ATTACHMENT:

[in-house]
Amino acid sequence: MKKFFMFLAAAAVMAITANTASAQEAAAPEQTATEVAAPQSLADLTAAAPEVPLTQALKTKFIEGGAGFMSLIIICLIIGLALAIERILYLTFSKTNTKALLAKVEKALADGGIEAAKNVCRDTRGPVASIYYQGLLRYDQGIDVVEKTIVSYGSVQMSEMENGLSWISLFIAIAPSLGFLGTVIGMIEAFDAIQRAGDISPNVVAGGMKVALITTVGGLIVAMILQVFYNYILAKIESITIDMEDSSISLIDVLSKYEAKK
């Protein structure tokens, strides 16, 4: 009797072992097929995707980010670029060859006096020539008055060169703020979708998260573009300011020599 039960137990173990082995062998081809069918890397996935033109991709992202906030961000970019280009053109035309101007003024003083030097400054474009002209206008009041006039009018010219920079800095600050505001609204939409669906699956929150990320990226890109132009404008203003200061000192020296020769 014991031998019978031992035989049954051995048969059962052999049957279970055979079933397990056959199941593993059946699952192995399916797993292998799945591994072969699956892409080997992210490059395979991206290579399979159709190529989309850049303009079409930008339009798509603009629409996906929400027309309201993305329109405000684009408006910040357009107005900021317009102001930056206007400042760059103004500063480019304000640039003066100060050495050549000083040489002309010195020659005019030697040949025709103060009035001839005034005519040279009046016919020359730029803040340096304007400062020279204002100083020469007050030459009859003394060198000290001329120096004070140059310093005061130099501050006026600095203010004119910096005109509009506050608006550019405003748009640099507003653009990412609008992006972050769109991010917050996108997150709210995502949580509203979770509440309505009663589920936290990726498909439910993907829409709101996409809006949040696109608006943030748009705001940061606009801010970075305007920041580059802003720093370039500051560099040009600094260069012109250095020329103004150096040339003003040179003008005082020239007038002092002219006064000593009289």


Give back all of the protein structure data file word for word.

[in-house]
Amino acid sequence: MKKFFMFLAAAAVMAITANTASAQEAAAPEQTATEVAAPQSLADLTAAAPEVPLTQALKTKFIEGGAGFMSLIIICLIIGLALAIERILYLTFSKTNTKALLAKVEKALADGGIEAAKNVCRDTRGPVASIYYQGLLRYDQGIDVVEKTIVSYGSVQMSEMENGLSWISLFIAIAPSLGFLGTVIGMIEAFDAIQRAGDISPNVVAGGMKVALITTVGGLIVAMILQVFYNYILAKIESITIDMEDSSISLIDVLSKYEAKK
């Protein structure tokens, strides 16, 4: 009797072992097929995707980010670029060859006096020539008055060169703020979708998260573009300011020599 039960137990173990082995062998081809069918890397996935033109991709992202906030961000970019280009053109035309101007003024003083030097400054474009002209206008009041006039009018010219920079800095600050505001609204939409669906699956929150990320990226890109132009404008203003200061000192020296020769 014991031998019978031992035989049954051995048969059962052999049957279970055979079933397990056959199941593993059946699952192995399916797993292998799945591994072969699956892409080997992210490059395979991206290579399979159709190529989309850049303009079409930008339009798509603009629409996906929400027309309201993305329109405000684009408006910040357009107005900021317009102001930056206007400042760059103004500063480019304000640039003066100060050495050549000083040489002309010195020659005019030697040949025709103060009035001839005034005519040279009046016919020359730029803040340096304007400062020279204002100083020469007050030459009859003394060198000290001329120096004070140059310093005061130099501050006026600095203010004119910096005109509009506050608006550019405003748009640099507003653009990412609008992006972050769109991010917050996108997150709210995502949580509203979770509440309505009663589920936290990726498909439910993907829409709101996409809006949040696109608006943030748009705001940061606009801010970075305007920041580059802003720093370039500051560099040009600094260069012109250095020329103004150096040339003003040179003008005082020239007038002092002219006064000593009289």